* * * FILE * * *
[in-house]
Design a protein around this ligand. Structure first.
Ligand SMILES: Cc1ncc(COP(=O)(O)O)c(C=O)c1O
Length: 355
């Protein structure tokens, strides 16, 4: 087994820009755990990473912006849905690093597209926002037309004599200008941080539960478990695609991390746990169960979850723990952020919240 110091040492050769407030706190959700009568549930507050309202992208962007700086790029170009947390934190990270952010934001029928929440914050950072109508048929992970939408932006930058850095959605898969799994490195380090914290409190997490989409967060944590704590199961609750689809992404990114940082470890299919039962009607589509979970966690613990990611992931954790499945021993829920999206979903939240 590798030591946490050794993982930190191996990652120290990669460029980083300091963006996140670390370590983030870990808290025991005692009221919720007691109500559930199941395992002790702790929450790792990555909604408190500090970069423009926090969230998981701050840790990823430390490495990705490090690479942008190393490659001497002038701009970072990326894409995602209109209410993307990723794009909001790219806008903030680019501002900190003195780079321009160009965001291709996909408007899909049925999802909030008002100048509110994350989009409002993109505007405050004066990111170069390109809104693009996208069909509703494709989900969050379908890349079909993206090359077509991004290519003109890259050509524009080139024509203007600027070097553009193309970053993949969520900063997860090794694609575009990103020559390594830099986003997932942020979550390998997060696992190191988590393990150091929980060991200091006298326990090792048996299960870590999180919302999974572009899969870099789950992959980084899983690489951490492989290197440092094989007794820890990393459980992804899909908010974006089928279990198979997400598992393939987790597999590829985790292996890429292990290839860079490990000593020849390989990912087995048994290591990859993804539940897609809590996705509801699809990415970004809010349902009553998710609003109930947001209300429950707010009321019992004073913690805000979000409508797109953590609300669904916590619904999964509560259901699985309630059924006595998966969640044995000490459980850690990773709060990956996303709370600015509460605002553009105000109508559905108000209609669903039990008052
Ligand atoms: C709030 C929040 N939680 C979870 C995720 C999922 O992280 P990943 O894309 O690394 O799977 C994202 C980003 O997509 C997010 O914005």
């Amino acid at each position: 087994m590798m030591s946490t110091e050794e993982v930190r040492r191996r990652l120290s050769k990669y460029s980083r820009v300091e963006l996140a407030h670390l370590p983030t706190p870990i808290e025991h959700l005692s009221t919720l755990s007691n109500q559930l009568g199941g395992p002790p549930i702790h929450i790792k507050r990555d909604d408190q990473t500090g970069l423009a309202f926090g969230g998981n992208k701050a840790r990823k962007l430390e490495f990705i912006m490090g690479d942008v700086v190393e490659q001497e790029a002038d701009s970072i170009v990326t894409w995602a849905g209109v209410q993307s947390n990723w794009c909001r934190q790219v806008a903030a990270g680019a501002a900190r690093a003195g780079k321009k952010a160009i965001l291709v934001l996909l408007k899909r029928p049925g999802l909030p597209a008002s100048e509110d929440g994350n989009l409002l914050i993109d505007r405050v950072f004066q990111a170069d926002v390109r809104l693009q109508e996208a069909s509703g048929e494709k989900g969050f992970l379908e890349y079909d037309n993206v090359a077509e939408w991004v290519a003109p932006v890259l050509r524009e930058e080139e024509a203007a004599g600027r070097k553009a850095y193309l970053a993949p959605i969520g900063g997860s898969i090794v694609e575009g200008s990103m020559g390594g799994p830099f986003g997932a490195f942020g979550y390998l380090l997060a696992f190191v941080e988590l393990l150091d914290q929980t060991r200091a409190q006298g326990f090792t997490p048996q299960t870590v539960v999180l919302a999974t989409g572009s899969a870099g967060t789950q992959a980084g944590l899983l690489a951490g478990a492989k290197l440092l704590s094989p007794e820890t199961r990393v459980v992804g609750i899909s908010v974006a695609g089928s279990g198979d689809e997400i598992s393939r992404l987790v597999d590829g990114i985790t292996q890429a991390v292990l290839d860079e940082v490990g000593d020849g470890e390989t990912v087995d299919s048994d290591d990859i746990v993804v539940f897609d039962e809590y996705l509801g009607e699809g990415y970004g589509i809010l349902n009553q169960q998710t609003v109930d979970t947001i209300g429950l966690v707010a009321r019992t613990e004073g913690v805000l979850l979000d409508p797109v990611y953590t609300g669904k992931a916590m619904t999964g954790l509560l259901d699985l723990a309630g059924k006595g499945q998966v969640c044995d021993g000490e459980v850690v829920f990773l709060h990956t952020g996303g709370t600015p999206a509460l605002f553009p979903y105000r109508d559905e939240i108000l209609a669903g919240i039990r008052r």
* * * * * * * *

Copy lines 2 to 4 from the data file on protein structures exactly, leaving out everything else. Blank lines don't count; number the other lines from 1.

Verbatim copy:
Design a protein around this ligand. Structure first.
Ligand SMILES: Cc1ncc(COP(=O)(O)O)c(C=O)c1O
Length: 355